In the past, some lenses with a multi licity of foci have been devised, but some 0 them have been impractical of manufacture, and others have been undesirable because of surface astigmatism and spherical aberrations.
One object of the resent invention is to produce an ophthalmic lens having a multiplicity of foci for reading, long distance, and intermediate vision.
Another object is to provide such a multifocal lens constructed of a single piece of glass. l
object is to provide a multifocal Another lens having a power for long distance vision a power for reading, and a multiplicity o powers for all intermediate distances, all.
of said powers blending gradually from reading to long distance power.-
:Another object is to provide a multifocal lens'without any segment boundaries. Another object is to provide such a multifocal lens which shall be free from surface astigmatism at all points.
Other objects and advantages will be apparent during the course of the following description, taken in connection with the accompanying drawings, wherein one form of the invention is shown. It is, of course. to be understood that the drawings are merely illustrative and that I do not limit myself to what is herein shown and described, but that I reserve the right to make changes falling within the scope of the claims without departing from the spirit .of the invention.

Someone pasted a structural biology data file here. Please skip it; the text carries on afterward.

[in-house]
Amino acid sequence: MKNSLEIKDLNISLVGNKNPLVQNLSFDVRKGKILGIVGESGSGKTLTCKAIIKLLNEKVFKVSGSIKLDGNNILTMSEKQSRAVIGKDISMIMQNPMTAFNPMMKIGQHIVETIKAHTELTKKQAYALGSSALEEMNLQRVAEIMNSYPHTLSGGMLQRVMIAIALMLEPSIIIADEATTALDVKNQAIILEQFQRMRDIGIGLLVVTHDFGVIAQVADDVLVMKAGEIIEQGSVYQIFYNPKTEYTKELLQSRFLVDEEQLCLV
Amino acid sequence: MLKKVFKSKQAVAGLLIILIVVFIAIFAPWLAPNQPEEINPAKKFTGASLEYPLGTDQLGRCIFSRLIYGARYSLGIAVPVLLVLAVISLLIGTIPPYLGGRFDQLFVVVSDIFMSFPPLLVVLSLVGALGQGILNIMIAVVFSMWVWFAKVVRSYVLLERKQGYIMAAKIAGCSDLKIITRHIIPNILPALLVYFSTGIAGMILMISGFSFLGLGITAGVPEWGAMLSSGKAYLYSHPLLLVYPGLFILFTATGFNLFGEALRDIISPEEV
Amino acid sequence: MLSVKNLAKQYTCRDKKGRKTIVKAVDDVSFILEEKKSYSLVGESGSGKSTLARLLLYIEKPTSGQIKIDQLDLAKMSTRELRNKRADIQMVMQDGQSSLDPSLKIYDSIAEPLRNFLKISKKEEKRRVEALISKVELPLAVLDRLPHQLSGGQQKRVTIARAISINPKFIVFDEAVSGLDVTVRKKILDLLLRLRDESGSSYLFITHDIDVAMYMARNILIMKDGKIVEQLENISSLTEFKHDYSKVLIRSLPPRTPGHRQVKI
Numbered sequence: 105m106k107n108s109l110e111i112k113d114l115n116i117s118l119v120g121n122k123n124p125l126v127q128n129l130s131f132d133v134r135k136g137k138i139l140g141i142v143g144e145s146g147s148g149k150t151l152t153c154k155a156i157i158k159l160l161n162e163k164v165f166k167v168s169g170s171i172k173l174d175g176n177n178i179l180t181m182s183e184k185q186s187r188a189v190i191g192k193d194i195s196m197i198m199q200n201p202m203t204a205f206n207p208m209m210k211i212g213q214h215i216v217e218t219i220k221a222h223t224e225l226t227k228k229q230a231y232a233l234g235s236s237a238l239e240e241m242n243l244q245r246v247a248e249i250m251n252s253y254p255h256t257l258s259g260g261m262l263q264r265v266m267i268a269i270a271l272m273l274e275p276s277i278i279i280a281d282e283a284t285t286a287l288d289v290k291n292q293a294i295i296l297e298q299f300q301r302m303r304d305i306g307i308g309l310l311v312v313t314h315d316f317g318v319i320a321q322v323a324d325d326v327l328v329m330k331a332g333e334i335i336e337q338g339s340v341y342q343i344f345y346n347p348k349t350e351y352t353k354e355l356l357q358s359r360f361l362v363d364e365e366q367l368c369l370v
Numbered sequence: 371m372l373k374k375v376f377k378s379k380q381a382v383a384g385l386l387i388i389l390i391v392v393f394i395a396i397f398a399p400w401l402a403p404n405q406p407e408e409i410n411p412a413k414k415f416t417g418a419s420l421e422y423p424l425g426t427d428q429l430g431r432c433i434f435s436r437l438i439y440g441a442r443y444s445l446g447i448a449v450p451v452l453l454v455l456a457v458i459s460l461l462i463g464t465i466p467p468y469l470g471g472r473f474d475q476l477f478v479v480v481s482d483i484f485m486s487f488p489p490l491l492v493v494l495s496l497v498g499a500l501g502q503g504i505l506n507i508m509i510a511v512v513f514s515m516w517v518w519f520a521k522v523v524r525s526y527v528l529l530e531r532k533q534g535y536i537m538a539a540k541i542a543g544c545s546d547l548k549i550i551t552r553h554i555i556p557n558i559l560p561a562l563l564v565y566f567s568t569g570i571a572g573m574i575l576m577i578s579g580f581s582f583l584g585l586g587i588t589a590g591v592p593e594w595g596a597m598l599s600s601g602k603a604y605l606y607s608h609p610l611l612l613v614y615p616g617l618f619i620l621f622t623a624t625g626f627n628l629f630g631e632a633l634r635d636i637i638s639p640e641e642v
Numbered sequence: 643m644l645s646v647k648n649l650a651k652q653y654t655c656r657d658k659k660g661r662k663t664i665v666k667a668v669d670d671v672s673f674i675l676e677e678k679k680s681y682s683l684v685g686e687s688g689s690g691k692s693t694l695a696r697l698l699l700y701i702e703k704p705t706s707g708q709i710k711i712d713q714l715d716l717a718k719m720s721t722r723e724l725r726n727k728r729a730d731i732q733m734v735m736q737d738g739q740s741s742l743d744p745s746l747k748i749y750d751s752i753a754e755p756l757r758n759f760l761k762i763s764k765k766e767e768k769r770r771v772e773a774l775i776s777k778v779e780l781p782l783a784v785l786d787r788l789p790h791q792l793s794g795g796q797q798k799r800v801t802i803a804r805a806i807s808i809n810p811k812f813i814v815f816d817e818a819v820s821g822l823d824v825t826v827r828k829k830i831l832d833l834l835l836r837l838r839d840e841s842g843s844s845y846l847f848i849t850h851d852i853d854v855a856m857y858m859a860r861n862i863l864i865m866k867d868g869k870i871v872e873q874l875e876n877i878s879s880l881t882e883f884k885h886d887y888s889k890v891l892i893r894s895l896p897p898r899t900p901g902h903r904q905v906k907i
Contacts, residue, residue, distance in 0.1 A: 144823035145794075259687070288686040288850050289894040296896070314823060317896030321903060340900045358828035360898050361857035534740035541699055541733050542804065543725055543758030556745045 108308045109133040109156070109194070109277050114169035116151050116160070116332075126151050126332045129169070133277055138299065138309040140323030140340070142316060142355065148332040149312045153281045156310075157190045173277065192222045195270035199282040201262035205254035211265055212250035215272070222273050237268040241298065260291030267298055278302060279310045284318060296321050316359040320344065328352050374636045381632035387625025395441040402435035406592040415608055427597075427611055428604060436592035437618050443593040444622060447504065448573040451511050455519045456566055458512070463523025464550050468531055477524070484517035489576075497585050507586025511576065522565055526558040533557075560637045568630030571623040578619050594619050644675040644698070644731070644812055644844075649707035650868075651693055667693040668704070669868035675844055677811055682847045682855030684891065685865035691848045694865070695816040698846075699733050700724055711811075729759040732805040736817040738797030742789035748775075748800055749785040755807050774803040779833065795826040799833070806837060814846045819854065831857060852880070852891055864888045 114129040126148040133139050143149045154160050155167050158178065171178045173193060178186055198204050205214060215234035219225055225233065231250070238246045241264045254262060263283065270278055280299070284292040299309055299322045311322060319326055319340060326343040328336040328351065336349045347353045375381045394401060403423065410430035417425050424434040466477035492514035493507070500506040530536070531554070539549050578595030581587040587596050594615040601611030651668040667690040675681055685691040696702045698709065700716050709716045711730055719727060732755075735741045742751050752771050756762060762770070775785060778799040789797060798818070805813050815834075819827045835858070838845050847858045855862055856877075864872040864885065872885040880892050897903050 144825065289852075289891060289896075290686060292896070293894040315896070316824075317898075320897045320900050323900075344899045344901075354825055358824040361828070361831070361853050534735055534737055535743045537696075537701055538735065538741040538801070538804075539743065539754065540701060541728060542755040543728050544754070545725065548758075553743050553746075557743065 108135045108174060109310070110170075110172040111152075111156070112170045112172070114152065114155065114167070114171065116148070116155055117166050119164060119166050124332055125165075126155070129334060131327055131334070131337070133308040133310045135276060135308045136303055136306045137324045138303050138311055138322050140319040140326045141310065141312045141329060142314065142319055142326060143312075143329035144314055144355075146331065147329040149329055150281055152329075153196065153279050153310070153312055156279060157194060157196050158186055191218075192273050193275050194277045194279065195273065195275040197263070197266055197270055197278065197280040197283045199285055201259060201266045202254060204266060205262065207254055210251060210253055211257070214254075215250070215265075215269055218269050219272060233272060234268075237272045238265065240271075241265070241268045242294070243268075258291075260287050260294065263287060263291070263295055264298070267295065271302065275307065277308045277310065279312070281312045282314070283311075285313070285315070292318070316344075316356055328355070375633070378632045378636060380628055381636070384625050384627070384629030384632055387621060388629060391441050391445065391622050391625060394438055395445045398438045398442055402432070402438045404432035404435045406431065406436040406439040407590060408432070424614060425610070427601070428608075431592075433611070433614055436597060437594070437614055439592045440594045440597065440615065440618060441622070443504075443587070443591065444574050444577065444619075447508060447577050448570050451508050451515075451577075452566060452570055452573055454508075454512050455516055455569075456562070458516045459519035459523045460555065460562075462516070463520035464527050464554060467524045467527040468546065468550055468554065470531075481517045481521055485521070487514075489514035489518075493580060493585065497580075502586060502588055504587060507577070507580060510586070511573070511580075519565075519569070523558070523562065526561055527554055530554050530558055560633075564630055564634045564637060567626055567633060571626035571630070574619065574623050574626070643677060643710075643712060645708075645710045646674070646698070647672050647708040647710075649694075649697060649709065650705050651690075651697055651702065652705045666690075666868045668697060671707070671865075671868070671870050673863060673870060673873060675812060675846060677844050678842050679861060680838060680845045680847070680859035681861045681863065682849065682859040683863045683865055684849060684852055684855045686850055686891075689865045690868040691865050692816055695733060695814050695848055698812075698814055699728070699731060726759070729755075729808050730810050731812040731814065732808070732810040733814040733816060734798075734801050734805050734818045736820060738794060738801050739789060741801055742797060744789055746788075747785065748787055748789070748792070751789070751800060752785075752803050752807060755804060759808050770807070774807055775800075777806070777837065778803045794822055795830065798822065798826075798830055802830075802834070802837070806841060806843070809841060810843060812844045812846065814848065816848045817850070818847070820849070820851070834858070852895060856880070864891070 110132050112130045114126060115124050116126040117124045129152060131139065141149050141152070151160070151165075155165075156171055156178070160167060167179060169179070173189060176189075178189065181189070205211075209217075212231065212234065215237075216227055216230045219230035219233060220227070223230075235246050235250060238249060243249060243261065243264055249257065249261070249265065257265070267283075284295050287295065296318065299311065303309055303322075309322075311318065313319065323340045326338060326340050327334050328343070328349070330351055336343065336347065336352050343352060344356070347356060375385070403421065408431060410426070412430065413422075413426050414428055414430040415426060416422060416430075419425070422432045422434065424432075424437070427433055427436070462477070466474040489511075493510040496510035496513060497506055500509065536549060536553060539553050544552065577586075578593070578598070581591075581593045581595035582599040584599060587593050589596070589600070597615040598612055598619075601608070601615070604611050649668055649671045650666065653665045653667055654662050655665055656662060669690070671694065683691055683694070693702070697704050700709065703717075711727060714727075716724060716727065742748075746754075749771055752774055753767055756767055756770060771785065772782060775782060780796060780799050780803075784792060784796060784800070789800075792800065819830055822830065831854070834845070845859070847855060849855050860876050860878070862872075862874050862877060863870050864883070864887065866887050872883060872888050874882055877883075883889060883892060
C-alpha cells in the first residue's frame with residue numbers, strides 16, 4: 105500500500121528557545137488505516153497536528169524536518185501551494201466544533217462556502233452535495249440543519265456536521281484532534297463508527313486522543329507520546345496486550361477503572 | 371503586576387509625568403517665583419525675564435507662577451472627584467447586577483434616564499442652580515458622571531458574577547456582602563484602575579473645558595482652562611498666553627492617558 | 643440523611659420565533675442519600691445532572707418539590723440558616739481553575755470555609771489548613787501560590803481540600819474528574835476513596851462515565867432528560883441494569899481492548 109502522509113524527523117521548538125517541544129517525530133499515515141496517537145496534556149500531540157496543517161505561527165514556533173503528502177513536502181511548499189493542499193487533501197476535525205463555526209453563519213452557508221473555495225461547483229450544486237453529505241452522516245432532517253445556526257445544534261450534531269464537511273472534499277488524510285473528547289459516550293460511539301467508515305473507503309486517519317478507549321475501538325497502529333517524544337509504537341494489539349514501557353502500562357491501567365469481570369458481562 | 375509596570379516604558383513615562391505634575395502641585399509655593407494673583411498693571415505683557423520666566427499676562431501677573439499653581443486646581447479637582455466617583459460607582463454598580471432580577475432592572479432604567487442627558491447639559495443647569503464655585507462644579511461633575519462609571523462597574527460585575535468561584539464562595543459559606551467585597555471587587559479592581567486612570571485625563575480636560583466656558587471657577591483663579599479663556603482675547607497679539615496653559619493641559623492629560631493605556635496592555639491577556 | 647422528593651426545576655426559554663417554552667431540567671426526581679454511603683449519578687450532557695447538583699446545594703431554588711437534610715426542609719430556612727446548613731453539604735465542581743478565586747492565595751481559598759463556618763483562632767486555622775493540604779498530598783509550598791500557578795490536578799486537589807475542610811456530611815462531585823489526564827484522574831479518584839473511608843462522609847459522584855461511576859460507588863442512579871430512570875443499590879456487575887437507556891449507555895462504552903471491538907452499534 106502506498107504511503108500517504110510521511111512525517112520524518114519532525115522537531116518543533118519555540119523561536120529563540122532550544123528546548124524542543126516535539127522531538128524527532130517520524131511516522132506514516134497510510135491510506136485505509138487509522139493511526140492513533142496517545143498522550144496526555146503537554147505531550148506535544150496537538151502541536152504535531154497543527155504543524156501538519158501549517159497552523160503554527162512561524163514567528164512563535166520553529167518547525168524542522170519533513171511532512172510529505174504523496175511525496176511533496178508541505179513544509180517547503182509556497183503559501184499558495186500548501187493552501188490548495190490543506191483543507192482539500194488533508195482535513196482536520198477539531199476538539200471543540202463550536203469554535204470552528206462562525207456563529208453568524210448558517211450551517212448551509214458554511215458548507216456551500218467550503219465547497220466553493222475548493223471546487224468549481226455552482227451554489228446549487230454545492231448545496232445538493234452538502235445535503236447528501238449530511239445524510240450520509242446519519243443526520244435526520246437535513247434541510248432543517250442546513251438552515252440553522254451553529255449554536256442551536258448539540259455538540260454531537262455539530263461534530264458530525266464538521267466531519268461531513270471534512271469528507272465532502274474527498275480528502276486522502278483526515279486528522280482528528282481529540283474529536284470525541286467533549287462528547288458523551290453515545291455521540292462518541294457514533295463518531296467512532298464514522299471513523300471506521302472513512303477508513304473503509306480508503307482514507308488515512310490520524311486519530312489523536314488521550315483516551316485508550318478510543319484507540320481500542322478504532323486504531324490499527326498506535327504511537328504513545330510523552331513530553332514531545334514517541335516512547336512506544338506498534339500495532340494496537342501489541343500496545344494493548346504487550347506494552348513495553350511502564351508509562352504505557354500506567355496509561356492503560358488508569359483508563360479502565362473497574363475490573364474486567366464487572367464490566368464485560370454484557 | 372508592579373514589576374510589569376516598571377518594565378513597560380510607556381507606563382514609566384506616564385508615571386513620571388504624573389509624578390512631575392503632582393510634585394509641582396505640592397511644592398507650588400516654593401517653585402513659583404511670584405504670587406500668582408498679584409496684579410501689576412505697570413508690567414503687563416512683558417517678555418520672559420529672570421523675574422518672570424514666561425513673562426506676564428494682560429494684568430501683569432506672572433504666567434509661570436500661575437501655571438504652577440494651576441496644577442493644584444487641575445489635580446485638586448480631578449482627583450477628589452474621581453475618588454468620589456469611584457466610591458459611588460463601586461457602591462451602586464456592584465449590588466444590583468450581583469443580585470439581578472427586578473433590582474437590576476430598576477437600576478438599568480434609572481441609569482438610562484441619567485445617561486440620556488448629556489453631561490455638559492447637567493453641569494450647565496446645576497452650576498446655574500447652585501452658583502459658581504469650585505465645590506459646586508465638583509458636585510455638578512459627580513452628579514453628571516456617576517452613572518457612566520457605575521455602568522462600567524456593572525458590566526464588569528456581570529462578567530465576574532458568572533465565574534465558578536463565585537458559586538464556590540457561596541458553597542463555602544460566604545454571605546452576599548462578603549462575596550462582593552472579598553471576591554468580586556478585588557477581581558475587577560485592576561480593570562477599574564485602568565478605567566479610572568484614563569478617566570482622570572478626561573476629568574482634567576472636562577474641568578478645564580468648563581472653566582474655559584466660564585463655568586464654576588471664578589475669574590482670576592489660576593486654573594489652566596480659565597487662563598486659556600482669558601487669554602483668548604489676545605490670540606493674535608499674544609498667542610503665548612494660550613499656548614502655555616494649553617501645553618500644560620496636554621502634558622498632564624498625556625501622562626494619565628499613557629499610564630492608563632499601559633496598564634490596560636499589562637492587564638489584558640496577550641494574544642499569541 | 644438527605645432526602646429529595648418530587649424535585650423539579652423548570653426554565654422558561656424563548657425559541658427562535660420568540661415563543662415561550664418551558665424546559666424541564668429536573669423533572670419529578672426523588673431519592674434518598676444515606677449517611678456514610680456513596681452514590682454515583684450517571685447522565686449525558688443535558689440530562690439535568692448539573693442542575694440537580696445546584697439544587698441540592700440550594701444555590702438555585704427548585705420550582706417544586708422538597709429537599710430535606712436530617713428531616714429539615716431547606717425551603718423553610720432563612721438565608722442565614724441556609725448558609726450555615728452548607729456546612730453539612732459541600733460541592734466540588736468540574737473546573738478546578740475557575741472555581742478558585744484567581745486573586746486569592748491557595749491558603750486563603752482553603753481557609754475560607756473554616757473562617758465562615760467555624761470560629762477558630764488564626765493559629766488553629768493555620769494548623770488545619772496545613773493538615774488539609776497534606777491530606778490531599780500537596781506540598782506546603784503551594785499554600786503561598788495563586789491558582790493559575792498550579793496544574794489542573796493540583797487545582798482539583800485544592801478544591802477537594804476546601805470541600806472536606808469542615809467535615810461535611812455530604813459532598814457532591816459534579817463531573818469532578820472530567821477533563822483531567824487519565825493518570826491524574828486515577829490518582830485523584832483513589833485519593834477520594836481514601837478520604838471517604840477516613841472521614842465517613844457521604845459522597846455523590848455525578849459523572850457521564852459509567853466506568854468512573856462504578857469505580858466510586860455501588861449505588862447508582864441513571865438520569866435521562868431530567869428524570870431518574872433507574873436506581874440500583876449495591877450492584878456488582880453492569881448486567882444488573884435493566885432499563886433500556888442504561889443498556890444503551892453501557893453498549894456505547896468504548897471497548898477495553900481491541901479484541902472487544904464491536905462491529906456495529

.In the drawings:
Figure 1 is an elevation of a lens made in accordance with my invention.
Flgure 2 is a transverse sectional view on the line 22 of Figure 1.
Figure 3 is a similar view on the line 33 of Figure 1.
Figure 4 is a mathematical diagram of the multlfocal surface.
Figure 5 is a sectional view .illustratin pne step in the manufacture of my improved ens.
Figure 6 is a view partly in section, illuscorresponding parts throughout the several views.